Researching Best Models of Public Imagination

Humanities

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I'm working on a literature writing question and need a sample draft to help me learn.

I uploaded everything on the file. there are three files, one is the Prompt and the table, and the required. please follow them to compleate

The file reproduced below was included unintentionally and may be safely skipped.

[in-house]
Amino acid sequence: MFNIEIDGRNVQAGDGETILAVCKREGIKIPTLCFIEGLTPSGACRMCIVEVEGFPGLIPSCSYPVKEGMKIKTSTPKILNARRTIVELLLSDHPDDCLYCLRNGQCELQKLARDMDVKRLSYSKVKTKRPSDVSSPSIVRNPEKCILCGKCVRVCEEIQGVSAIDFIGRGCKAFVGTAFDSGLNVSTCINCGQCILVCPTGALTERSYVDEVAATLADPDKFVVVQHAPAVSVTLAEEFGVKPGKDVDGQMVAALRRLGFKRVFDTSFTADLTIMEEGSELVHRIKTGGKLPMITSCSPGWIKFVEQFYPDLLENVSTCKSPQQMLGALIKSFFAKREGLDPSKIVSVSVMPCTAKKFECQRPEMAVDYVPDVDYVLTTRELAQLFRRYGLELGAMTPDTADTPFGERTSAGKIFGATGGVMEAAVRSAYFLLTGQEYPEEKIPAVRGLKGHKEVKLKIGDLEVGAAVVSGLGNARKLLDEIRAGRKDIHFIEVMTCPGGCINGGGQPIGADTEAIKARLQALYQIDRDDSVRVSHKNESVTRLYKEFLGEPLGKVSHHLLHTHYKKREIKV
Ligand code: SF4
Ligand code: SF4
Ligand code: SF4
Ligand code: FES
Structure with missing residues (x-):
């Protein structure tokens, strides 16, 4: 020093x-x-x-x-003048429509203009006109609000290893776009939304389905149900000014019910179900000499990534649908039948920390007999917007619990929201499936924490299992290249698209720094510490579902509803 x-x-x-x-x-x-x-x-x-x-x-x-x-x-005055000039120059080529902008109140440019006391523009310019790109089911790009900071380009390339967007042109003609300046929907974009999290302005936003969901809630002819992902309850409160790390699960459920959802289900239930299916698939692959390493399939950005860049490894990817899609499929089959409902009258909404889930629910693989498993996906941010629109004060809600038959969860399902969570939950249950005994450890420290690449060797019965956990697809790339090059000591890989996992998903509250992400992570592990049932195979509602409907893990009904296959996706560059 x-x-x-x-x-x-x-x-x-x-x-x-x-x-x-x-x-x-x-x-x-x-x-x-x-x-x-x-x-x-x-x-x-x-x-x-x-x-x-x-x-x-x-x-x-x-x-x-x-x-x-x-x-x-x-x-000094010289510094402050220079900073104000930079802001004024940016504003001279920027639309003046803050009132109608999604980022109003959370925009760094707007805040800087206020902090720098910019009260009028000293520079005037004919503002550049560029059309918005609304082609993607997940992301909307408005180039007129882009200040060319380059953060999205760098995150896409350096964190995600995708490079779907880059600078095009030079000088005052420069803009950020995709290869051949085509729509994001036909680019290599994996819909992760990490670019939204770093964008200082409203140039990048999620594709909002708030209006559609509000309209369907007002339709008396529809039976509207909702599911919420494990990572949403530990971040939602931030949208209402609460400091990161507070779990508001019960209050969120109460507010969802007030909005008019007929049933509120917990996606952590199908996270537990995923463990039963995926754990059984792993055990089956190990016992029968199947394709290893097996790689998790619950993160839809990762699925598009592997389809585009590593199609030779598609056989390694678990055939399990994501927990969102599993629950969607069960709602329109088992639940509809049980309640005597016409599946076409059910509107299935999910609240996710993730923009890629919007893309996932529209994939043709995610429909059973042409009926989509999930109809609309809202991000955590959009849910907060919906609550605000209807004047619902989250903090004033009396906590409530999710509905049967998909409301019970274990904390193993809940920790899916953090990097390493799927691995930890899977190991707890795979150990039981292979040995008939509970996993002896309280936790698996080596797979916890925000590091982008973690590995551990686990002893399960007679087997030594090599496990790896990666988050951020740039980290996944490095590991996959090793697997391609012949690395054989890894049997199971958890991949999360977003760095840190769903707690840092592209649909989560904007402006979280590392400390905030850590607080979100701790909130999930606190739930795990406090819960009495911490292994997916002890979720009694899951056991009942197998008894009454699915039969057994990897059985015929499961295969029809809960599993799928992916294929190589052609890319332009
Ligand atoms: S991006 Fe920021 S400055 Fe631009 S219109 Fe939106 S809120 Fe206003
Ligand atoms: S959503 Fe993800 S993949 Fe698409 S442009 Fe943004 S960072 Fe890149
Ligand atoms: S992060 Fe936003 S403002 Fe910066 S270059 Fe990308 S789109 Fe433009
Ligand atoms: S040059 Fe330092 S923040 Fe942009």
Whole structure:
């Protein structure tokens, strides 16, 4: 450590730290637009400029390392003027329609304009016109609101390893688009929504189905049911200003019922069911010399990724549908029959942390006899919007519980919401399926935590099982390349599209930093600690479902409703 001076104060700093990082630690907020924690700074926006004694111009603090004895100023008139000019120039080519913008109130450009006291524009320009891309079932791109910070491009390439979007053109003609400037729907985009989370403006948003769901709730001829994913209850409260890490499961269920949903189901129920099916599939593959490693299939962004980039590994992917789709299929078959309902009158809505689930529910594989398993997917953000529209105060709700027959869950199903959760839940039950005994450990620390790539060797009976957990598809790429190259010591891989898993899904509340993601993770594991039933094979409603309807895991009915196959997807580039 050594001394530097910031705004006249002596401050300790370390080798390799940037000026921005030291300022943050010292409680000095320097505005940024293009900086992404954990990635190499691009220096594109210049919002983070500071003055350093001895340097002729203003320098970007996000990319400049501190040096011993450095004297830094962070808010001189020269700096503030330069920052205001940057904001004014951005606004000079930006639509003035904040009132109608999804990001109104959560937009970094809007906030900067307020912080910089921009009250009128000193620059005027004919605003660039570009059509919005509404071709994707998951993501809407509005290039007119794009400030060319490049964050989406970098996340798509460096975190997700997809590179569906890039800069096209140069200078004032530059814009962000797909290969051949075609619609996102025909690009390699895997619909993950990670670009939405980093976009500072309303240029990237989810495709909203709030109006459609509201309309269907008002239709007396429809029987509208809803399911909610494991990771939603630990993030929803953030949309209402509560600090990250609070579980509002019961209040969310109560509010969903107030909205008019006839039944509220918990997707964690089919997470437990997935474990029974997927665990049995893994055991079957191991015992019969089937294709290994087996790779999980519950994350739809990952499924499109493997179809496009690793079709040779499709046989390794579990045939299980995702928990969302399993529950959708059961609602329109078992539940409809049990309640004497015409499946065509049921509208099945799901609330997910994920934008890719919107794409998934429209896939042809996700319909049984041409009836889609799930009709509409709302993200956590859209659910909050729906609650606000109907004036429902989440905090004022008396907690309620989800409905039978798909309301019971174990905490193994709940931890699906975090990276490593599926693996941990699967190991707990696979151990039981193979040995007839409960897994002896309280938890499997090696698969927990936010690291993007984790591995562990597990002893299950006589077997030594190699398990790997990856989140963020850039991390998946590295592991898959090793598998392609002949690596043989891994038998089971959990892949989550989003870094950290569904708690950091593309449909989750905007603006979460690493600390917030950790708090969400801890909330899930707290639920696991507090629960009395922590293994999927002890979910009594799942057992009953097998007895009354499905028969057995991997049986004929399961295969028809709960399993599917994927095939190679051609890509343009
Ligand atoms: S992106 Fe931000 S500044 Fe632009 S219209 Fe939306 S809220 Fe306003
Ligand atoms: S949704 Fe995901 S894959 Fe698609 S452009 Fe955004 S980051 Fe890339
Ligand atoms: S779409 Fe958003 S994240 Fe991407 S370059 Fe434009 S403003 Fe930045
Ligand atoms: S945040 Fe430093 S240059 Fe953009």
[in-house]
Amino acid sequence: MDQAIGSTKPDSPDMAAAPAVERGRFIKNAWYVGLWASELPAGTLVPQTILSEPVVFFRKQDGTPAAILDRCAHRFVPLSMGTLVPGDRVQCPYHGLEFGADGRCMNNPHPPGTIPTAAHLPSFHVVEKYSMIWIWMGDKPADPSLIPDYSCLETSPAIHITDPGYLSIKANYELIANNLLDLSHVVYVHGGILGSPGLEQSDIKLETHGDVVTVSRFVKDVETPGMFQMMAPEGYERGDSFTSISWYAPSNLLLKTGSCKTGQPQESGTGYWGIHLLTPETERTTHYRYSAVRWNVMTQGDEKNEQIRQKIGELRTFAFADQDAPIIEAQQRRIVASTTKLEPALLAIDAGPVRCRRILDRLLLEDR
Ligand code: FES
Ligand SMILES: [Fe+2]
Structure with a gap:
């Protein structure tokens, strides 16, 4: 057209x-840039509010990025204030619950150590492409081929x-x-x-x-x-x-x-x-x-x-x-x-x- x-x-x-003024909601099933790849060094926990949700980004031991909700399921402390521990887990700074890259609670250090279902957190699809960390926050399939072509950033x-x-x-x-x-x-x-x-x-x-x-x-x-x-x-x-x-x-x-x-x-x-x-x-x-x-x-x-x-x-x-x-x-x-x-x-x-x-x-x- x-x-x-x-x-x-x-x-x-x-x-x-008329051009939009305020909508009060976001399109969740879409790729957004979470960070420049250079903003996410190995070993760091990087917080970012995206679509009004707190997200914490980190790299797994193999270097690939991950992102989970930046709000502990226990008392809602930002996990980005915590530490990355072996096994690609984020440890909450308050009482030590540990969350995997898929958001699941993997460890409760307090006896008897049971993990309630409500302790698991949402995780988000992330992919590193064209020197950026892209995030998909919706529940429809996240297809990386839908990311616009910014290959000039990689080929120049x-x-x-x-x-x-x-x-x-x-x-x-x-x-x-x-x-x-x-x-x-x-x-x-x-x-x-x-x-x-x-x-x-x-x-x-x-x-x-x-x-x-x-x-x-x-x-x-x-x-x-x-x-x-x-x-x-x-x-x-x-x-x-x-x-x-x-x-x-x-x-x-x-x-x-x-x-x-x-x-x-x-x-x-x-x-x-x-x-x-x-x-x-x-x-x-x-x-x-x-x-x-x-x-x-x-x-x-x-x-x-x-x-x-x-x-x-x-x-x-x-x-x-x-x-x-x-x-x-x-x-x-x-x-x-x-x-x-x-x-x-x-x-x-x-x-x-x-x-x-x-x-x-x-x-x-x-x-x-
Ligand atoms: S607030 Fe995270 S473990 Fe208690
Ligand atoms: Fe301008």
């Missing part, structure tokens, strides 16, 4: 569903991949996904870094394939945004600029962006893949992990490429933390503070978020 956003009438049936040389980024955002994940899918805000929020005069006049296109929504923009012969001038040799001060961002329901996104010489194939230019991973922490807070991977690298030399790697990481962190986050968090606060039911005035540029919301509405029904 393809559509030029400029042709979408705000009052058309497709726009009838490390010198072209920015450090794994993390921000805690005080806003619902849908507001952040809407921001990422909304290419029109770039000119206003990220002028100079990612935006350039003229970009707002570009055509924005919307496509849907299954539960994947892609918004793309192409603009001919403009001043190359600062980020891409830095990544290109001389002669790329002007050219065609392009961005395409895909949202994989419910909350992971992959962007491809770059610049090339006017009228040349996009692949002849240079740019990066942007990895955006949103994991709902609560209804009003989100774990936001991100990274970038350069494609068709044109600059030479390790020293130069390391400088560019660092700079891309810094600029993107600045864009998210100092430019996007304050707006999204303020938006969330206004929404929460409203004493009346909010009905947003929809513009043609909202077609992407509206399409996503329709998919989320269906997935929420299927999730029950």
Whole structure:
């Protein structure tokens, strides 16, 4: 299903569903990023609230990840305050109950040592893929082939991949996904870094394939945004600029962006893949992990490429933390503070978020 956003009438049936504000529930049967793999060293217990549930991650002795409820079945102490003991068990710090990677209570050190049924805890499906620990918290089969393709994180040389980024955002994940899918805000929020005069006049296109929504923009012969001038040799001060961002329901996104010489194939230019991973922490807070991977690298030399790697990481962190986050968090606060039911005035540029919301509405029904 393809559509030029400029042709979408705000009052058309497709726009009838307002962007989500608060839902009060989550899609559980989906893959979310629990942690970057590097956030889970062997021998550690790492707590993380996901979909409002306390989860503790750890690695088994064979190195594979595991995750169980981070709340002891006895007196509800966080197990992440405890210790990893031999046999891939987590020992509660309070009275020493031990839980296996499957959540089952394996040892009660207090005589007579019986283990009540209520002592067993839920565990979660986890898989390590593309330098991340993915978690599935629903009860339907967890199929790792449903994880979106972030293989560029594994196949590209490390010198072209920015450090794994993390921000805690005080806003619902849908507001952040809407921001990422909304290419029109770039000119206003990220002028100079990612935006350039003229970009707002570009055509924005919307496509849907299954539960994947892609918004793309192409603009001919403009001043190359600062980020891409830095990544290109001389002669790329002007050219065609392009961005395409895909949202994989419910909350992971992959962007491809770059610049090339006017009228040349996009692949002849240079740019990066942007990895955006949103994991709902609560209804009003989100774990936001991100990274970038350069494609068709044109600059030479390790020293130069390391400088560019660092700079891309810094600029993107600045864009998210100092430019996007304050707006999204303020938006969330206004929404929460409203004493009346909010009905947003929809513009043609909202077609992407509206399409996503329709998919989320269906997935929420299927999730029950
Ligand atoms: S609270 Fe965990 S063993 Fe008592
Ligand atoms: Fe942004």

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WHY The WHY pertains to the main issues you are tackling and resolving, the problems you are confronting and transgressing, the agendas you are questioning and proposing a solution to. Why is 'this' urgent today? Problem (existing) Opportunity (what if? scenario) WHO The WHO pertains to the main actors involved in the issue. Who is responsible, who is affected and who can collaborate to transcend the problem and share responsibilities and benefits? The who involves both top-down institutions and bottom-up practices. Problem (existing) Opportunity (what if? scenario) WHERE The WHERE pertains to the urban context where the issue you are engaging has the greatest impact. What are the spatial characteristics of the problem, and in what ways is the urban conflict physicalized here? Problem (existing) Opportunity (what if? scenario) WHEN The WHEN pertains to the temporal framework of the problems and opportunities. Scenarios that narrativize the impacts of problems and opportunities across time (past, present and future) Problem (existing) Opportunity (what if? scenario) WHAT The WHAT pertains to the outputs, products, objects, effects, physical impacts that the problem and the opportunities produce. What is being made, produced? Problem (existing) Opportunity (what if? scenario) HOW The HOW pertains to your proposal. The design of a process through which the 5-W's can be re-organized to produce a different paradigm, and transcend the problem you have chosen. In other words, the stitching together of the opportunities you have explored above into a proposal for action VIS-100-W21 MIDTERM PROMPT Researching Best Models of Public Imagination Based on the list of projects that was made available to you in the syllabus, now you have to develop an investigative research about the project that you selected. You will research the main civic, economic and political processes that made this best model of public works possible. Why is this project important? What problems it tackled? Who made it happen? Who benefitted? What are the main policies, opportunities it produced to enact social change ? What does the project achieve? Who were the artists, policy makers, cultural producers, communities that led them? And most importantly what were the main strategies, tactics and ideas? What can we learn from them to tackle our own cultural and political crisis of the public today? Often, when studying the legacy of interesting artistic, architectural, urban projects we only focus on the end results, the final images or projects, this class, instead, is about exposing the actual processes, tools and procedures embedded in the stories, so we are required to ask many questions! to include many issues! To help you study the process itself, each student will receive a set of tables, that I call the 5W's. These are spreadsheets to account for a variety of issues, conditions, topics, that often remain off our radar. Each of you will be given 5 tables (spread-sheets) to fill in, with a list of short statements, quotes, bullet points, etc. Each table pertains to a particular area of research. The fragments of text should summarize the issues you are investigating in creative and synthetic ways. In addition to these summarized fragments of texts, you will respond to 5 questions that can narrativize these fragments into a story about the project. 5W's TABLES As a research tool, the 5-W's address 5 different questions: Why? Who? Where? When? What? Below there is more information about what you should consider, as you develop your research through each of these questions. For each of these W's there are two columns: Problems and Opportunities. Insert information on both of them. Obviously, problems refer to the main conflicts, crises, issues the project confronted, and the opportunities to the sense of possibility, the strategies, ideas, actions that took place to transcend the problem. WHY The WHY pertains to the main critical issues that the project tackled, the reasons, the urgencies, the conflicts; Why this project emerged as a possibility, including the supporting data and information that is evidence to back up the necessity for this project to exist. The problems this project is confronting and transgressing, the agendas it is questioning and proposing. Why is 'this' project, this agenda urgent today? Why pertains to the main provocations the project or initiative open. WHO The WHO pertains to the main stakeholders involved in the project, in the process. Who was summoned? Also, Who is responsible for and Who is affected by the problem? And Who collaborated to tackle the problem? Who shares responsibilities and benefits? The Who also involves the institutions, communities and individuals involved; who are the demographics, the cultures, the social strata etc? WHERE The WHERE pertains to the physical or non-physical context where the project happens, whether an urban site, or a policy, or website, etc. The nature of such location, the sites of investigation, urban borders, particular communities, places, geographies or even institutions? What are the spatial or social characteristics of the site, and in what ways is the urban conflict physicalized there? Or what is it about this location (the Where) that enables a particular approach to the solution, etc. WHEN The WHEN pertains to the temporal framework of the project. The When addresses issues of time (past, present and future); The lineages that precede the project (precedent?); the time it took for the project to be enacted? And how the strategies that enable this project or policy are or not anticipatory of possible futures? The When considers the viability and vulnerability of the project across time, the way time was taken into account in the process. WHAT The WHAT pertains to the things themselves that the project produces, the outputs, the products, objects, effects, physical impacts that the project makes possible. The What relates the physical typologies, the spatial logics, the policy conditions, the actions and programs? What is being made, produced? >We will distribute PDF's / Word-docs with the 8-1/2" x 11" 5-W's tables. >More information will be shared in class. ORGANIZING QUESTIONS After the tables are filled, helping you to gain an integrated and holistic perspective of the process, you need to use these questions below to stitch a narrative, connecting many of the fragments of your tables into paragraphs, telling us how the process worked, How the project unfolded, etc. You can answer each of this questions with a minimum of 300 words each. Or feel free to writing a 2,000 word continuous paper, addressing each of these questions through the narrative. Please be as concise and provocative with your answers. 1. What are the main crises that prompted the creation of this project? Who produced the problem, who was most affected by it? Add evidence, etc. 2. What is the main site of intervention? What are the physical and spatial characteristics of the project, the context? In what ways was the place transformed? A sort of before and after scenario? 3. Who are the main stakeholders, the institutions, the agencies that need to collaborate to achieve this? What is the role of artists here, or of politicians, or community activists? How does this inspire you to activate your own role as researcher, and enact social change? 4. What are the creative strategies that were conceptualized to tackle these crises? What were the main steps that were taken to produce the project? 5. In what ways does this project benefit the larger public? In what way does this project challenge the status quo? Why is this project unique, and instrumental to reconstructing public thinking? 6. What is the main idea here that can be replicated, in other places? at different scales? How would you propose to use the lessons of this project to challenge existing policies, societal, environmental problems, etc.? Format: 12 pt, double spaced Midterm Due on Tuesday Feb 9 at 11:59 PM VIS-100-MIDTERM Extra information 5W's TABLE + 6 Questions Based on the list of projects that was made available to you in the syllabus, you have been developing an investigative research about the project that you selected. You are researching the main civic, economic and political processes that made this best model of public works possible. Often, when studying the legacy of interesting artistic, architectural, urban projects we only focus on the end results, the final images or projects, this class, instead, is about exposing the actual processes, tools and procedures embedded in the stories, so we are required to ask many questions! to include many issues! Please remember that what we are looking for in these projects is the process itself. What are the main procedures that made each of these projects possible? You are researching and collecting concepts, ideas, strategies, initiatives, the entire way of thinking and doing that resulted in their succesful results. This includes the conflicts and controversies the projects confronted, and the opportunities they opened up. So, The 5W's table is a tool that faciliates the collection of such critical issues that are part of these case study's processes. The table contains 5 categories. We want to make sure you are comprehensive: Understanding location, issues, people, institutions, temporalities, products, policies and attitudes involved throughout the process: Why is this project important? What problems it tackled? Who made it happen? Who benefitted? What are the main policies, opportunities it produced to enact social change ? What does the project achieve? Who were the artists, policy makers, cultural producers, communities that led them? And most importantly what were the main strategies, tactics and ideas? What can we learn from them to tackle our own cultural and political crisis of the public today? The 5W's tables are composed of fragments of text, data, quotes, etc., even images and diagrams that are important to the process. As you research on-line, you will select the main ideas and evidences you find, and translate them into small paragraphs, senteces, information, etc. You have received these tables, they are posted on the firts module on CANVAS. There is a template for each of the 5 categories: WHERE WHY WHAT WHO WHEN Even though you have received one page per category, please use as many of these pages as needed to fill in information. The 5W's table will be part of the grade, and should be understood as a conceptual and research tool to capture the essence of the case study process. Then you will use the content of these tables in order to answer 6 main questions we have given you on the midterm prompt! 300 words per question. With the critical information that ou have collected on your 5W's tables, you will compose your responses to these questions in well structured and provocative ways. Thanks everyone for following this process. As we discuss ways to intervene into public space and culture, we also need to design process itself, and be impossibly comprehensive. Thinking in multi-laterla ways, to manage the complexity across these categories, so that we can think about them in integrative ways is an essential part of this experiment! 5W's: We are incluidng some provocative language here, for each of these 5W's to inspire you to 'look' deeper into the questions they suggest. WHERE is the space, site, zone, geography of investigation and intervention. Narrativize the conditions, the context. As much as this has to do with physical place, it also has to do with non-place. WHERE must engage the geography itself, but also, more critically, the power dynamics inscribed in that geography: the allegorical and metaphorical meanings (and for whom), the institutional entanglements, the regulatory frameworks, the jurisdictional designations, the economic interests, the cultural meanings, and networks of control. What are the visible and invisible conditions that constitute the location - conceptual, material, infrastructural, environmental, institutional, political, jurisdictional, regulatory, economic, historical, cultural and social forces that define the territory and the objects it contains? Summary: The WHERE is really about understanding the place(s) where the case study takes place, the context. Please reflect on this deeply, what is it about the location? Why was this important for this project? WHY pertains to the critical issues, questions, challenges, conflicts, controversies, provocations, violations, injustices and indignities that arise in the case study, sometimes visibly, sometimes invisibly. WHY motivates the particular initaitive, the main issues that mobilized action? WHY do you care? WHY should others care? WHY will you propose what you propose? And WHY should others support it? WHY refers to the issues of concern - political, ethical, social, cultural, economic, environmental - embedded in your case, the fire behind your investigation and the particular case study. Summary: The WHY is really about listing the main critical issues that prompted the process. The unjust policies, the inequalities, the main problematics that were tackled and the opportunities that were opened up. WHAT refers to the impacts of the WHY, on real people, on communities, on the environment, on the public. If the WHY is racial injustice, for example, the WHAT refers to the impacts of this: perhaps higher rates of disease and mortality, poorly funded schools, neighborhood divestment, decay, abandoned buildings, homelessness, gentrification, perhaps despair, loss of hope. The WHAT is your evidence of the WHY. The WHAT is the causal output or detritus of the WHY that animates your interest in the case study, and the possible propositions that were proposed to transcend the problems. The WHAT can be about visible material things, objects, but also about invisible ephemeral, emotional, or aspirational things. Summary: The WHAT is really about listing the main impacts of the problem your case study tackled. This includes the physical and emotional impacts? The things and the attititudes that were shaped by the problem, but also the products, outputs that were produced to address the problem. WHO pertains to the people and groups invested in the site, who are impacted by its evolution over time, who have capacities to alter the conditions, and who are the potential audiences as part of the case study and proposal. WHO is harmed and WHO benefits from the status quo, and from a change in the status quo? WHO must be negotiated with, exchanged with, persuaded, infiltrated? WHO are the institutions you must 'deal' with, learn from, utilize, disrupt, encroach into? WHO must be engaged in any potential proposition? There may be people / institutions / stakeholders that don't yet exist. Sometimes WHO needs to be imagined, narrativized, designed, created, incubated, choreographed, manipulated. Remember too that we as architects and urbanists are part of the WHO: How can we identify, understand, translate, communicate, narrativize, visualize, represent the impacts, if we are newcomers to the contested site? WHO is best situated to represent the WHAT? WHO narrates the city? Summary: The WHO is really about listing the main critical actors who are part of the story, the process. The top-down (insititutions, etc.) and bottom-up (actors, etc.) who were part of the process, both in terms of producing the problems and actually tackling them. WHEN pertains to the temporal dimensions of the condition -- the histories, sequences, durations, rhythms, processes, that constitute the condition, and must drive any potential urban / architectural proposition. Characteristics of slow, “laggy”, early, late, rapid, urgent, regressive, progressive, incremental and gradual, anticipatory, innovative, reactionary, revolutionary are all examples of temporal descriptors. The temporalization of space is necessary understand the WHY and ultimately to manifest your vision. Summary: The WHEN is maybe the most complex of these categories, as it involves issues of time. In essence think about this in terms of the temporal aspects of the case study. How long did it take to mobilize the process, why was time a factor; also the lineages, the histories, pre-case study, during the project, and also after the project. ORGANIZING QUESTIONS After the tables are filled, helping you to gain an integrated and holistic perspective of the process, you need to use these questions below to stitch a narrative, connecting many of the fragments of your tables into paragraphs, telling us how the process worked, How the project unfolded, etc. You can answer each of this questions with a minimum of 300 words each. Or feel free to write a 2,000 word continuous paper, addressing each of these questions through the narrative. Please be as concise and provocative with your answers. 1. What are the main crises that prompted the creation of this project? Who produced the problem, who was most affected by it? Add evidence, etc. 2. What is the main site of intervention? What are the physical and spatial characteristics of the project, the context? In what ways was the place transformed? A sort of before and after scenario? 3. Who are the main stakeholders, the institutions, the agencies that need to collaborate to achieve this? What is the role of artists here, or of politicians, or community activists? How does this inspire you to activate your own role as researcher, and enact social change? 4. What are the creative strategies that were conceptualized to tackle these crises? What were the main steps that were taken to produce the project? 5. In what ways does this project benefit the larger public? In what way does this project challenge the status quo? Why is this project unique, and instrumental to reconstructing public thinking? 6. What is the main idea here that can be replicated, in other places? at different scales? How would you propose to use the lessons of this project to challenge existing policies, societal, environmental problems, etc.? Format: 12 pt, double spaced Midterm Due on Tuesday Feb 9 at 11:59 PM ...